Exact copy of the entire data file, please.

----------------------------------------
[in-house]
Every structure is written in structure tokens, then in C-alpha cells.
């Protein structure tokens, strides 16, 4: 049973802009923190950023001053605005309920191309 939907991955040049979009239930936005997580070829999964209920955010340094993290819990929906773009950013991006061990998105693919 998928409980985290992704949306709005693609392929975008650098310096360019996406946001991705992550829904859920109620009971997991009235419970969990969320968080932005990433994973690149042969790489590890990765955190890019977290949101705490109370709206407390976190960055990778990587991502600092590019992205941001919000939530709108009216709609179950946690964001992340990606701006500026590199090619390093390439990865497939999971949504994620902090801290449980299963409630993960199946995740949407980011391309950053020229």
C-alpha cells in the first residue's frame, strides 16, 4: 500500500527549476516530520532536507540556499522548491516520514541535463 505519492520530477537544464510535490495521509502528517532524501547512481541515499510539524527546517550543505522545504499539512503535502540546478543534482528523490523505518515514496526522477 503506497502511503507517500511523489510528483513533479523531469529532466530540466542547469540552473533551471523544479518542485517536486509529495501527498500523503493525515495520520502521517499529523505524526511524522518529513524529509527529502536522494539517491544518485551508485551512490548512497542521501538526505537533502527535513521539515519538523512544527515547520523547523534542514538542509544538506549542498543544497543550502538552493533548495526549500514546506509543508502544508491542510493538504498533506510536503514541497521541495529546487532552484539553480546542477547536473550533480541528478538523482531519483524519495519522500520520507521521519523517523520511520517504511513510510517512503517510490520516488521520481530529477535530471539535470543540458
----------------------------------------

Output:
[in-house]
Every structure is written in structure tokens, then in C-alpha cells.
């Protein structure tokens, strides 16, 4: 049973802009923190950023001053605005309920191309 939907991955040049979009239930936005997580070829999964209920955010340094993290819990929906773009950013991006061990998105693919 998928409980985290992704949306709005693609392929975008650098310096360019996406946001991705992550829904859920109620009971997991009235419970969990969320968080932005990433994973690149042969790489590890990765955190890019977290949101705490109370709206407390976190960055990778990587991502600092590019992205941001919000939530709108009216709609179950946690964001992340990606701006500026590199090619390093390439990865497939999971949504994620902090801290449980299963409630993960199946995740949407980011391309950053020229």
C-alpha cells in the first residue's frame, strides 16, 4: 500500500527549476516530520532536507540556499522548491516520514541535463 505519492520530477537544464510535490495521509502528517532524501547512481541515499510539524527546517550543505522545504499539512503535502540546478543534482528523490523505518515514496526522477 503506497502511503507517500511523489510528483513533479523531469529532466530540466542547469540552473533551471523544479518542485517536486509529495501527498500523503493525515495520520502521517499529523505524526511524522518529513524529509527529502536522494539517491544518485551508485551512490548512497542521501538526505537533502527535513521539515519538523512544527515547520523547523534542514538542509544538506549542498543544497543550502538552493533548495526549500514546506509543508502544508491542510493538504498533506510536503514541497521541495529546487532552484539553480546542477547536473550533480541528478538523482531519483524519495519522500520520507521521519523517523520511520517504511513510510517512503517510490520516488521520481530529477535530471539535470543540458